State Parks representatives visit Port of Royal Slope

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Rachal Pinkerton/Sun Tribune Members of the Port of Royal Slope listen to a presentation by Randy Kline of the Washington State Parks and Recreation.

ROYAL CITY — Two representatives from the Washington State Parks were present at the Port of Royal Slope meeting on Wednesday, Oct. 23. Randy Kline, trail program manager, and Kevin Davis, a park ranger and assistant area manager of the East Central Cascades Area, gave the commissioners a short presentation about the Palouse to Cascades State Park Trail.

The trail runs along the bed of the old Milwaukee Railroad. The rail line owned by the Port of Royal Slope is also part of the old line. The trail takes a detour around the active areas of rail. The land owned on both sides of the Port of Royal Slope rails is owned by the Department of Natural Resources (DNR). Currently Washington State Parks and DNR are in contract negotiations that will allow state parks to manage the trail. In the next year and a half, the Renslow Trestle over I-90 and the Beverly Bridge will be resurfaced and fenced. Once finished, they will be opened for trail use.

One of the purposes for the trail is to hold the old railroad bed for future railroad use. The Port of Royal Slope would like to extend their line to Ellensburg. One of their concerns with the improvements about to be made to the trail is that it will hinder them from using the railroad bed in the future.

Paul Didelius, the railroad operator for the Port of Royal Slope, who was present at the meeting, noted that the cost of resurfacing the bridges was the same as putting in new rail. He expressed concern that if the Beverly Bridge is repaired without thought to the possibility of rail being added in the future, the $5 million being spent on the bridge will have to be respent to make the bridge compatible for both train and pedestrian use. Currently, the planned repairs to the Beverly Bridge will not be up to railroad standards.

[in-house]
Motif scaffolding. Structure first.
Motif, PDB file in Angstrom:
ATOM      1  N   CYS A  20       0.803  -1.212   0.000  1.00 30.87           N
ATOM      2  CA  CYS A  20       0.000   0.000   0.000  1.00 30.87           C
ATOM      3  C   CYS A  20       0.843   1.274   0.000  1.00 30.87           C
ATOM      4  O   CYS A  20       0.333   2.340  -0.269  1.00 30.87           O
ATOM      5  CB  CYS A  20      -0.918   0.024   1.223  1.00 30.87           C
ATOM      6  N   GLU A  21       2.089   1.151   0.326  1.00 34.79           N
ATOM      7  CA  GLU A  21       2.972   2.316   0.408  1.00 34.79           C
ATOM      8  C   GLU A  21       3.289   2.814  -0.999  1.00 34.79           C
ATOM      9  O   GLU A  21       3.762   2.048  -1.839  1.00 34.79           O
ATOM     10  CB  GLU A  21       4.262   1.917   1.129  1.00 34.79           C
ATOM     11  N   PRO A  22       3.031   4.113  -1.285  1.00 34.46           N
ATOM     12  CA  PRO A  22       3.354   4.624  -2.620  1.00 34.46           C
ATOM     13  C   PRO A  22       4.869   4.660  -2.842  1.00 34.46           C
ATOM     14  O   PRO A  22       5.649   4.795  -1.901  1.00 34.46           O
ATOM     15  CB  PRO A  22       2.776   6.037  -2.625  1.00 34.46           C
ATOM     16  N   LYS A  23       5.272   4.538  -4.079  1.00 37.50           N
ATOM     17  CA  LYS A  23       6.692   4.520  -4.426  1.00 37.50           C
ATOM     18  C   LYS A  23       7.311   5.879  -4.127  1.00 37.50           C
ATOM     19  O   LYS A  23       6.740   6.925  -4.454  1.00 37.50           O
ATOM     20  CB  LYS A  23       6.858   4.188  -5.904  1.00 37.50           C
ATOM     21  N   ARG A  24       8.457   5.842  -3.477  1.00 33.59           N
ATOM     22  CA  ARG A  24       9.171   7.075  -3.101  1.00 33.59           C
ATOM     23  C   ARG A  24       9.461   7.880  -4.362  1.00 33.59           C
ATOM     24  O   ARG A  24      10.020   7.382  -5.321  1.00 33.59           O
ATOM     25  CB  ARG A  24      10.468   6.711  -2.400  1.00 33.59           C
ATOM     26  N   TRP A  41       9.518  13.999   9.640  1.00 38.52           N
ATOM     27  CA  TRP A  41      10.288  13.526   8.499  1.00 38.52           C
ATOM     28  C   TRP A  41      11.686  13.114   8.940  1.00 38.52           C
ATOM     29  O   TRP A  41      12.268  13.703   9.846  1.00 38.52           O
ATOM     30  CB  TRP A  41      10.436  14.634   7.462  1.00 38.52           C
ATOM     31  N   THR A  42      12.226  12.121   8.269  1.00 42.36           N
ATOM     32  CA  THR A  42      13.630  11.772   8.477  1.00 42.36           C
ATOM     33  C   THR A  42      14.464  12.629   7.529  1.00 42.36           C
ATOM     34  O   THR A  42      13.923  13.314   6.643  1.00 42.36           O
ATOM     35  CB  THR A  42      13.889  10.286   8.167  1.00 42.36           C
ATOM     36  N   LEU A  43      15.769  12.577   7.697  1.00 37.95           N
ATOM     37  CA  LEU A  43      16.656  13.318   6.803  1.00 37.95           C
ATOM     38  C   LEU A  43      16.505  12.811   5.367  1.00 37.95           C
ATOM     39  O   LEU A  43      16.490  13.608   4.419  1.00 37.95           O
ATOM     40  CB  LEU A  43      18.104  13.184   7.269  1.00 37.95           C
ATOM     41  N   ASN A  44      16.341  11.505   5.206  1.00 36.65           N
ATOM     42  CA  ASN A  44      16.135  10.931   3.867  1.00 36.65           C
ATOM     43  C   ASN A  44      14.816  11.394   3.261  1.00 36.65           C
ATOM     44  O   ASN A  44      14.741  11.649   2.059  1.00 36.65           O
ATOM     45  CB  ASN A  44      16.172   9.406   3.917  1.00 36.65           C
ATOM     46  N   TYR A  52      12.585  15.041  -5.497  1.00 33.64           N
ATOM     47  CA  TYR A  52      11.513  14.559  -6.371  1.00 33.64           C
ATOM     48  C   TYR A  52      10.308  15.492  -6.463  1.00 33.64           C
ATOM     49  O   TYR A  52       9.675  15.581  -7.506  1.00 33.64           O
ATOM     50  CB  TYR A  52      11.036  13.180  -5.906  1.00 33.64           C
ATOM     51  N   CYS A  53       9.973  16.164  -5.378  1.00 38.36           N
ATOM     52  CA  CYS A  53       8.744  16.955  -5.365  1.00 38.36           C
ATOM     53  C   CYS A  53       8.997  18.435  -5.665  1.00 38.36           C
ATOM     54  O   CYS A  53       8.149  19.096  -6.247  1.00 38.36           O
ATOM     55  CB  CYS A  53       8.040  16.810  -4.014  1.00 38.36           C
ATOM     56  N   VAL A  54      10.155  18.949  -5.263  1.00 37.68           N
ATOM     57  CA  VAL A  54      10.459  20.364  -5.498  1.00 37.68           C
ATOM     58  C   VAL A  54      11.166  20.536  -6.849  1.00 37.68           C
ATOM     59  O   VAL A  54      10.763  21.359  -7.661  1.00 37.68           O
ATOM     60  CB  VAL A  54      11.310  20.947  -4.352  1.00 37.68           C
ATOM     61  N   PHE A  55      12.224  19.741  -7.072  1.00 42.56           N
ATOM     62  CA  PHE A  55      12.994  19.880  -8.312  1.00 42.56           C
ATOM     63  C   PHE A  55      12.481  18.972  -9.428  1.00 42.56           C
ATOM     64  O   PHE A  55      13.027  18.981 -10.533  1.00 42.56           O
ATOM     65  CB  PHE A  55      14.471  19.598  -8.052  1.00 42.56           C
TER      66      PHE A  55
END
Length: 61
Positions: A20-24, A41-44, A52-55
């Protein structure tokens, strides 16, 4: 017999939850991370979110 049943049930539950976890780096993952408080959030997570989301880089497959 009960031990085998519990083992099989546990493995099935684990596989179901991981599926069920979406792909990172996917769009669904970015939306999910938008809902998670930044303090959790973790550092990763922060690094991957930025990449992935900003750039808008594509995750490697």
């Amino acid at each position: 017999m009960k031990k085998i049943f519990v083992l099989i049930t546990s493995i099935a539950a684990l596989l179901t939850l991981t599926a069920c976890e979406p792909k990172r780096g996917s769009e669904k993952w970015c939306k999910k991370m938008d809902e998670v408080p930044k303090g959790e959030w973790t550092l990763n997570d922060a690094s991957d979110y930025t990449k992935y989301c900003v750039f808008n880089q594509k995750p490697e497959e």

“I think you could redeck the Beverly Bridge for a million dollars with rails, if there are not structural deficiencies,” Didelius said. “Part of me is marveling. How are you going to spend $5 million?”

Didelius asked, that while the repairs to the trail are still in the planning stages, that consideration of future rail use be considered. He commented that rail is growing and is progressively being reestablished in the state.

“The existing railroads are full,” Didelius said. “The growth has to go somewhere. It’s easier to slide over the trail than a 40 mile per hour train. Building a new bridge is pretty costly.”

Kline said that the parks department is open to the possibility of paralleling the trail next to the railroad. He also said that there is a chance that a few vehicles, such as EMS and park rangers, will be allowed to use the Beverly Bridge.

“We really want to be good partners with you guys, the city and anyone along the trail,” Kline said.

Rachal Pinkerton may be reached via email at rpinkerton@suntribunenews.com.

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